As you can imagine, detoxing from long-term drug or alcohol use is going to have effects on the mind and body. One symptom that many people describe having is a lack of clarity that can extend for months into their early recovery. Having clarity of mind is important to have in order to function in life. It’s also important to have clarity of mind during recovery in order to make decisions that promote recovery and well being. Fortunately, fuzzy thinking or brain fog is a temporary symptom that only lasts for a few weeks after detoxification. However, for others, it may remain for a few months.
Fuzzy thinking feels different for everyone. However, in general, it is the experience of an unclear mind. To be more specific, the following are physical symptoms of what fuzzy thinking might feel like:
- -inability to think straight
- -reoccurring thoughts
- -inability to stay focused, lack of concentration
- -feeling disoriented from time to time
- -troubling registering new information
- -things appearing less real
- -feeling out of touch with your body
- -continuing to think that you’ve forgotten something
These are a few ways that brain fog might appear in your life during early recovery. There are a few causes for brain fog during recovery. For instance, a person might have experienced some significant nutritional deficiencies while under the influence of their addiction. This is particularly true for alcoholics. The lack of proper nutrients can have an impact on clear thinking. As already mentioned, the withdrawal process itself can affect thinking. However, subsequent to detoxification, a person might feel the slow process of finding homeostasis. An addiction can affect every organ of the body. Therefore, it may take time for the mind and body to return to normal functioning. During this time, it’s common for people to experience clear thinking again.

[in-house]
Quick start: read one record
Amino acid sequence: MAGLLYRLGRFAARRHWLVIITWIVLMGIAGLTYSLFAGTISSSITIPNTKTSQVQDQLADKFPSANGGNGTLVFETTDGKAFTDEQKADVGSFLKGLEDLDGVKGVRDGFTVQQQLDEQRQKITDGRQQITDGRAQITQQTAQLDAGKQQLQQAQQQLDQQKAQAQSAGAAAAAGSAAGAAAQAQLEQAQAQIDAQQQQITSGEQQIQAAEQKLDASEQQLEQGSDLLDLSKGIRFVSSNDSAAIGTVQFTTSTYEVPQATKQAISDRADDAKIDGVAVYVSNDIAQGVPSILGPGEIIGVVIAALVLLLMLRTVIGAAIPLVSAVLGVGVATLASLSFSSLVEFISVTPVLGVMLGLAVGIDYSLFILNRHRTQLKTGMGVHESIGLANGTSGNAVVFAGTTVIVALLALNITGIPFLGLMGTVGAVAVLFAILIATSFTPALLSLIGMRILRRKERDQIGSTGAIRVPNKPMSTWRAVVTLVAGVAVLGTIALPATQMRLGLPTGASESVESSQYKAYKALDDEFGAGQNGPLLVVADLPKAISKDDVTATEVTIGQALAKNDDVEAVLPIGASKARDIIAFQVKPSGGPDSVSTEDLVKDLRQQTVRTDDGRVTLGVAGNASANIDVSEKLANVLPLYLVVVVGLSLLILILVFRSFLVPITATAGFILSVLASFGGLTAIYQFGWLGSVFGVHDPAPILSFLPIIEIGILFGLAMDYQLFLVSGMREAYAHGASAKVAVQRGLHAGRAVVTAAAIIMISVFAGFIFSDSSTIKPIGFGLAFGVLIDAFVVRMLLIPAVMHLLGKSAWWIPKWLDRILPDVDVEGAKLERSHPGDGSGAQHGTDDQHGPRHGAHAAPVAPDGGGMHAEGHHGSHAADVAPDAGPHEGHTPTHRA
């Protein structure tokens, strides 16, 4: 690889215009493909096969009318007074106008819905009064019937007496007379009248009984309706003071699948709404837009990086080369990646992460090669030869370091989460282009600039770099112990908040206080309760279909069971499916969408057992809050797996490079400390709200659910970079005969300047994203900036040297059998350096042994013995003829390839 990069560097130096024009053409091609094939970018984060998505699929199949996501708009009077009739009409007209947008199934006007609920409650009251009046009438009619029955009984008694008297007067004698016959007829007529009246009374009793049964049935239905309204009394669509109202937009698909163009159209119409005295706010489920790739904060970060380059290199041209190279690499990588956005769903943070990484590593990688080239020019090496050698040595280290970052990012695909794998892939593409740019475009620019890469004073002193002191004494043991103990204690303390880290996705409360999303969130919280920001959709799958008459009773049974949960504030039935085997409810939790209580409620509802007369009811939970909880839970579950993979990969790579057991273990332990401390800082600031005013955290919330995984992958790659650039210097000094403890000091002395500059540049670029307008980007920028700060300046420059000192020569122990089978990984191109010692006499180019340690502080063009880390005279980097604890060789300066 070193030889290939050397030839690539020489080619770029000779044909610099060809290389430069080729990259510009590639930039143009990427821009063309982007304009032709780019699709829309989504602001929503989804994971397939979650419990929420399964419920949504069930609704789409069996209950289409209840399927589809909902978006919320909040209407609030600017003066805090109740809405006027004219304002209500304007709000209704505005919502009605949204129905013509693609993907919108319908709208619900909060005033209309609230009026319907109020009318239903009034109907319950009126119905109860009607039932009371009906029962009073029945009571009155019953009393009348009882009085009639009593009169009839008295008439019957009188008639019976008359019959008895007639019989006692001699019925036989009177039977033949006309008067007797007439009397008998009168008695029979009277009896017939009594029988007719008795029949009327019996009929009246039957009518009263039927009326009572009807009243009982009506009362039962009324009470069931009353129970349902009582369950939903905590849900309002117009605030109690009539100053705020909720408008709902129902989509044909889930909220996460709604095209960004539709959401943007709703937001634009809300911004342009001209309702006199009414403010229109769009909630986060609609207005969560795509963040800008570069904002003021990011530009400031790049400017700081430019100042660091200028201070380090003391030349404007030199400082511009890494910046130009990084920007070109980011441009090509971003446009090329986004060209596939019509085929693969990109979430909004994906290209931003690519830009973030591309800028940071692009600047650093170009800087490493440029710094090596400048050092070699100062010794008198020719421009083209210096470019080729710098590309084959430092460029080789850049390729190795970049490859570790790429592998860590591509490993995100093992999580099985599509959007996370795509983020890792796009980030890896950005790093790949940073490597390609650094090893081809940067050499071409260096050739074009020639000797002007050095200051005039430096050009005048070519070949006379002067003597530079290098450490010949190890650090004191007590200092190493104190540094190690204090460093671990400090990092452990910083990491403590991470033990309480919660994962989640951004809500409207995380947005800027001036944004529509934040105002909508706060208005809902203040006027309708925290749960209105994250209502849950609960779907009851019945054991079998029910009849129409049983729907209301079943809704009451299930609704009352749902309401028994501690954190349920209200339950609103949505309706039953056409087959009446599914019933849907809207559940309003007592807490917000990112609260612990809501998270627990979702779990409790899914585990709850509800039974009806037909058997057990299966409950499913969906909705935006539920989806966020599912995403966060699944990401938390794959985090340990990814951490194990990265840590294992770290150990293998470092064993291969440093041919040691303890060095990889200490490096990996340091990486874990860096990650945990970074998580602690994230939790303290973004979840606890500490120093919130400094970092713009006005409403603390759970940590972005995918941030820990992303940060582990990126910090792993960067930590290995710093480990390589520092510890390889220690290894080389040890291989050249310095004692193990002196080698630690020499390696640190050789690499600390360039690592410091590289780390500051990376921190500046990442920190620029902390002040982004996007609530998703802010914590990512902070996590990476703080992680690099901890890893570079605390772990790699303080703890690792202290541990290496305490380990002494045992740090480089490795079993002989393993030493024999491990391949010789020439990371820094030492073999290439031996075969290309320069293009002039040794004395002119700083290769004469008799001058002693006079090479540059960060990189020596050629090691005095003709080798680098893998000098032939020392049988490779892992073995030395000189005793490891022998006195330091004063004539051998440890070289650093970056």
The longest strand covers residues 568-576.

Other causes for fuzzy thinking include:
- -experiencing insomnia in early recovery can contribute to brain fog
- -symptoms of depression (which can come with sobriety) can affect one’s ability to think clearly
- -any fear or stress that one has about the future, which is common for someone new to sobriety, might also create unclear thinking
- -the emotions that surface once the anesthetizing spell of addiction wears off might also contribute to brain fog
Also, it’s important to remember that during the addiction itself a person was not thinking clearly. During this time, a person may be in denial, making poor choices, and seeing life in telescopic ways. Although this is a different kind of fuzzy thinking, it’s important to point out that the experience of clear thinking may not have been present for many months or years. Yet, as the cycle of addiction comes to an end, as the brain heals, and as substances are removed from the body, true clear thinking can begin again.
If you or someone you know is struggling with the trials and challenges of addiction, contact a mental health provider for assistance.
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